Fukushima Decommissioning Representatives Visit TMI-2, Discuss Risk Communication

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April 27, 2022 – EnergySolutions hosted representatives from the Tokyo Electric Power Company (TEPCO) for a tour of TMI-2 and a benchmarking session on the importance of managing risk communications throughout the nuclear decommissioning process.

Among our visitors was Dr. Mariko Nishizawa, risk policy and communications expert currently serving on the Nuclear Reform Monitoring Committee (NRMC). The NRMC was established in 2012 as an advisory board to monitor and advise TEPCO’s Fukushima decommissioning activities from an external standpoint.

“By visiting the iconic nuclear site which I’d only seen in textbooks, I have realized that people have been making painstaking, long-term efforts to clean up the troubled reactor. With respect to the Fukushima site, given the magnitude of the accident, much bigger and longer efforts will be needed,” Dr. Nishizawa noted.

Following the TMI-2 tour, Dr. Nishizawa gave a presentation to TMI-2 Regulatory Affairs staff on the subtle but significant differences between risk and risk perception, while emphasizing the need to share knowledge between our unique nuclear decommissioning projects. “Risk and risk perceptions are two different entities. For us, it is not always easy to grasp the extent of risk and fear accordingly. Technical people are experts in dealing with actual risks, but are not necessarily experts in communicating risks. Knowing and telling risks require different capability,” Dr. Nishizawa said.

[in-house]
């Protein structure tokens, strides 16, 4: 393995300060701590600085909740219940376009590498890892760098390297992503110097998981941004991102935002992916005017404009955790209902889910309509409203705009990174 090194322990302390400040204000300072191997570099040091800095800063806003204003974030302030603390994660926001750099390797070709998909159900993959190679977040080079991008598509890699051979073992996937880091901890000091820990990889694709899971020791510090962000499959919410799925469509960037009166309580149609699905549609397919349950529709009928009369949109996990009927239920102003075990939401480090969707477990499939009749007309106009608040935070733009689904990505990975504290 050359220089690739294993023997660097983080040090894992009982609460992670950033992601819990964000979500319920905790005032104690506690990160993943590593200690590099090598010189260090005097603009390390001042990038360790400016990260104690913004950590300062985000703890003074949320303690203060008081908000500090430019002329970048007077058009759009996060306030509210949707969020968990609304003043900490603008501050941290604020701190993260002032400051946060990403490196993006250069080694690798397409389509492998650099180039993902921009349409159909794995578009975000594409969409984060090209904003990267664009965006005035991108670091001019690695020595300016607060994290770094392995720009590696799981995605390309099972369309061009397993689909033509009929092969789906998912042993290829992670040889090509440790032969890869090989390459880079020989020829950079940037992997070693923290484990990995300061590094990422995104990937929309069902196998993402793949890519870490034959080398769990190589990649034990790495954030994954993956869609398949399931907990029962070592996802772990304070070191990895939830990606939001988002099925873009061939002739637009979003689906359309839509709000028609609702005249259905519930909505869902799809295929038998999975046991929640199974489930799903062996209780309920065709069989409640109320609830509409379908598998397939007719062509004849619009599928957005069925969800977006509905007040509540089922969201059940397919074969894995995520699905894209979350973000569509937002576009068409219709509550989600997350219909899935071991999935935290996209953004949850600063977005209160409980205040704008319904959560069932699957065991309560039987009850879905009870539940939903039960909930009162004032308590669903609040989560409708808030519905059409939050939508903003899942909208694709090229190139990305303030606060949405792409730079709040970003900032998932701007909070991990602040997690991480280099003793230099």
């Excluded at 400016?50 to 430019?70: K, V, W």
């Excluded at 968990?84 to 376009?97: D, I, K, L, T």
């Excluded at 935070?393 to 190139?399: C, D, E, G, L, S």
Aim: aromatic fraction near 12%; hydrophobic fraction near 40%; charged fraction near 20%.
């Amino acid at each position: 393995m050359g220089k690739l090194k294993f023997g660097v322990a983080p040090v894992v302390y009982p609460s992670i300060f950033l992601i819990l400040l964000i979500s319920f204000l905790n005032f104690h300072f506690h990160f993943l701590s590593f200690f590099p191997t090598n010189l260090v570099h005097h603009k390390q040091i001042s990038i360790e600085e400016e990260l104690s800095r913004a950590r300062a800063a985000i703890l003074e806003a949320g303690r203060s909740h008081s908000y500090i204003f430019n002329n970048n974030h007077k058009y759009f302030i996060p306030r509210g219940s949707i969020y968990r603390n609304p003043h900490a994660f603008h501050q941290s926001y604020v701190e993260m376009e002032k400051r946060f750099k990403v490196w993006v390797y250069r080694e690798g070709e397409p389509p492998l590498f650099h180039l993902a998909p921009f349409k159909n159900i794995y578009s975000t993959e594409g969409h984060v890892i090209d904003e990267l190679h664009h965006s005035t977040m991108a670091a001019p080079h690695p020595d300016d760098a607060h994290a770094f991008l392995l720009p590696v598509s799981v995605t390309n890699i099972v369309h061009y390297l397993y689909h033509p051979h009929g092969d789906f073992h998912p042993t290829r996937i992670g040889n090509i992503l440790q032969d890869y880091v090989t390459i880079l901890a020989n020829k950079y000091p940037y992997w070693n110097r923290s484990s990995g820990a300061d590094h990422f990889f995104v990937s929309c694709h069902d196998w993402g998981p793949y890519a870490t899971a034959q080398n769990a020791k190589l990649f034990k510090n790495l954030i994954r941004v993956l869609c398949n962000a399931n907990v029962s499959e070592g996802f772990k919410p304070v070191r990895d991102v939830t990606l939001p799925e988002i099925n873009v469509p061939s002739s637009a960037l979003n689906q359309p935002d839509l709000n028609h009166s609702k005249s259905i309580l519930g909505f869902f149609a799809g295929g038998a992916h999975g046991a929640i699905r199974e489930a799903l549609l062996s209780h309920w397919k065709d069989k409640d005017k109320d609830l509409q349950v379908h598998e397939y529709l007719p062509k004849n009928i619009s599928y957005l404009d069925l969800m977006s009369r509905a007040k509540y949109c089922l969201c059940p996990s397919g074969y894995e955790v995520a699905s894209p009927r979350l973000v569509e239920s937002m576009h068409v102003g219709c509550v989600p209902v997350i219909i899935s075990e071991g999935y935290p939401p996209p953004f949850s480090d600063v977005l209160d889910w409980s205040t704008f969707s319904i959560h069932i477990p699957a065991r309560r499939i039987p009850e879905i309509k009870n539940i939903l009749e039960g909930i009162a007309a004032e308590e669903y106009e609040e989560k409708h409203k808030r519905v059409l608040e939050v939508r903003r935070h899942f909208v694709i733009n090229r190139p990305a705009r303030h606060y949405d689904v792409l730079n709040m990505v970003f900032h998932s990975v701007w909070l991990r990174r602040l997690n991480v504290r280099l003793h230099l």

Dr. Nishizawa also shared footage of interviews she conducted with residents in the surrounding region of Fukushima who were displaced by the accident – many of whom have yet to return home. A prominent issue, from their perspective, is a lack of clarity regarding their own safety. The on-going risk communication problem, as Dr. Nishizawa explained, is in-part a linguistic challenge – the Japanese word for risk is 危険 (pronouned “ki-ken”), which is usually associated with dangers or hazards. Therefore, the “risks” themselves can be difficult to translate, which often leads to amplified or attenuated risk perceptions.

“There are common issues between TMI-2 and Fukushima as both sites are symbolic in nuclear accidents and experienced sensationalized media attention, public furors and stigmatization. By sharing knowledge, both sites can teach each other how risk communication is to be more fully deployed or implemented,” Dr. Nishizawa concluded.

More information about the Nuclear Reform Monitoring Committee can be found here